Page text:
AdWords Mobile PPC Performance: How it Stacks Up Against Desktop

In the online world, mobile technology is undoubtedly taking up everyone’s attention as mobile users are increasing day after day. Google, for instance, has been rolling out updates for AdWords with focus on mobile strategy.

But what happens if mobile and tablet campaigns are required to be included with desktop? What impact would it have on the PPC results? Most advertisers have no specific mobile strategy and this is much attributed to their rather slow embracing of mobile strategies, probably thinking it will pass

The following provides a snapshot of observations made on mobile and tablet behavior on “average” clients for a short period of time.

  • Impressions. Search impressions on mobile or tablet ranged from 7 to 40 percent of the total impressions. It showed a low mobile display rate of only 6 to 30 percent based on search by type of client. Impressions aren’t clicks or visits. It helps provide an idea as to volume and opportunity.

  • Click-through rate (CTR). It showed that mobile tends to have the same CTR as desktop, or in some case better CTR. You can pump up CTRs by optimizing with mobile specific creative and offers.

  • CPC best deals. Lower CPC results from “mobile with full browsers” campaigns. CPCs are 30 to 60 percent lower than the average. This means there are more opportunities to further explore the bargain CPCs. However, CPCs for tablets were higher than desktop. This is interesting because there is no bid adjustment in Enhanced Campaigns for tablets.

  • Conversions. Conversions for all mobile campaigns targeting all devices pre-enhanced features are at 3 to 12 percent of the total account conversions. Conversion is leaning heavily towards tablets. Some of them were even tablet only conversions.

The conversion results from mobile devices are not that impressive and instead rather disappointing. There are a host of factors that this can be influenced by – volume, usability of the mobile landing page, or offer.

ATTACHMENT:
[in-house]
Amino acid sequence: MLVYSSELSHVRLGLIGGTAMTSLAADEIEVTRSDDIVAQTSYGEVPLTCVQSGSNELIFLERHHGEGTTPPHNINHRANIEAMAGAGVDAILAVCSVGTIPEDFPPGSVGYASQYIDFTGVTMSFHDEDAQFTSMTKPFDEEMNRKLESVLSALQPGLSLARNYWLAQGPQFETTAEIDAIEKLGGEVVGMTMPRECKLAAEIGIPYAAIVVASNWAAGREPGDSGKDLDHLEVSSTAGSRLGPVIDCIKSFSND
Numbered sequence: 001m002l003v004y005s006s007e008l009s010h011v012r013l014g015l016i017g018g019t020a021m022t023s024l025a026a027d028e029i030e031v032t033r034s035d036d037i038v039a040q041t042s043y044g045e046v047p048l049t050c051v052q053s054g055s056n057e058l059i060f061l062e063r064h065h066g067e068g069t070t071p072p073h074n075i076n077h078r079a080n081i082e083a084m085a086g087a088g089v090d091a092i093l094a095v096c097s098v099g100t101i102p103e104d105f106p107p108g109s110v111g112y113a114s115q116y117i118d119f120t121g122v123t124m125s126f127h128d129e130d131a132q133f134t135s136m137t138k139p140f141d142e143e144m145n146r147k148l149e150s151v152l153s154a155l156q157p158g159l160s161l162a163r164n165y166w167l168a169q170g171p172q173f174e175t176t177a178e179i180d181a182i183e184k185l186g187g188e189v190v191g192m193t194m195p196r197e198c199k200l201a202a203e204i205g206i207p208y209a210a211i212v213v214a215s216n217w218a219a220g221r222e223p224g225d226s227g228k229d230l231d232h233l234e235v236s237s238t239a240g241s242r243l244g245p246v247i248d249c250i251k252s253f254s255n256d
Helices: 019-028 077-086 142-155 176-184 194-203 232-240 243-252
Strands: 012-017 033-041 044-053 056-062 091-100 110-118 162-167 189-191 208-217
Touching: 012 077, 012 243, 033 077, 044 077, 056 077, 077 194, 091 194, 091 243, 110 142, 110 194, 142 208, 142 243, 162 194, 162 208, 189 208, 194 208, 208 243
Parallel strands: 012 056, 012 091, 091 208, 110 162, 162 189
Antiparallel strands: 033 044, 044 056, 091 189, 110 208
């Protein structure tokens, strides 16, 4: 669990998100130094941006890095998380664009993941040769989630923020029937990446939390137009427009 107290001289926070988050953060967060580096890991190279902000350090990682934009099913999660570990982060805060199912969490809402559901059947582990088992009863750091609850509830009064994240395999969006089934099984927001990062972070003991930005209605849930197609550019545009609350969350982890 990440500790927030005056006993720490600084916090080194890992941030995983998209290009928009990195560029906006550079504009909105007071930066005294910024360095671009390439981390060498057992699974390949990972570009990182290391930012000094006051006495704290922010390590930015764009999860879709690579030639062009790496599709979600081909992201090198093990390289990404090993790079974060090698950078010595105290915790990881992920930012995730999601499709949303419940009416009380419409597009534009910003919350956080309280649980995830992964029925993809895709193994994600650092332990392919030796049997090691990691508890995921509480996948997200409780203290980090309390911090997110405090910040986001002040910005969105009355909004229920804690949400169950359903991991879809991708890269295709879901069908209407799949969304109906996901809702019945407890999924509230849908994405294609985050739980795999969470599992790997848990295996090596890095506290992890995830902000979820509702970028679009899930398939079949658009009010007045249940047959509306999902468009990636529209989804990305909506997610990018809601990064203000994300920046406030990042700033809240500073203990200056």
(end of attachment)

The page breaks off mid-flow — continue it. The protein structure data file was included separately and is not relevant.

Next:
A study by Google/Nielsen which was released in March showed that 3 out of 4 mobile search queries done on mobile devices trigger follow-up actions, regardless if it’s further research, store visit, a phone call, purchase or word-of-mouth sharing. With this, mobile activity may just be the starting point driving multi-channel conversions if you know the right approach.

  • You should look at the overall mobile traffic on the website from all sources. Compare these data to paid search results to understand its similarities and differences.

  • Check and evaluate the page every time you visit – check the time spent on site and conversions from mobile, and engagement from mobile. If the results are low, even if you have new mobile campaigns, you may still get the same results. The solution is optimization of the website experience.

  • Optimize the site for a more mobile experience, which means more specific pages, conversion paths, or offers that are easier or quicker for users.

  • Dig into paid search settings. You can do this by reviewing previous mobile CPCs and making the necessary adjustments on enhanced campaign percentage to similar. Identify the trends by reviewing locations or time of day and consider bid adjustments to capture this.

  • Plan ahead. There are many ways to increase conversions – based on what you know and what you will learn. You need to know if you will focus on bids, ad copy, landing pages, conversion path, or all of the above.

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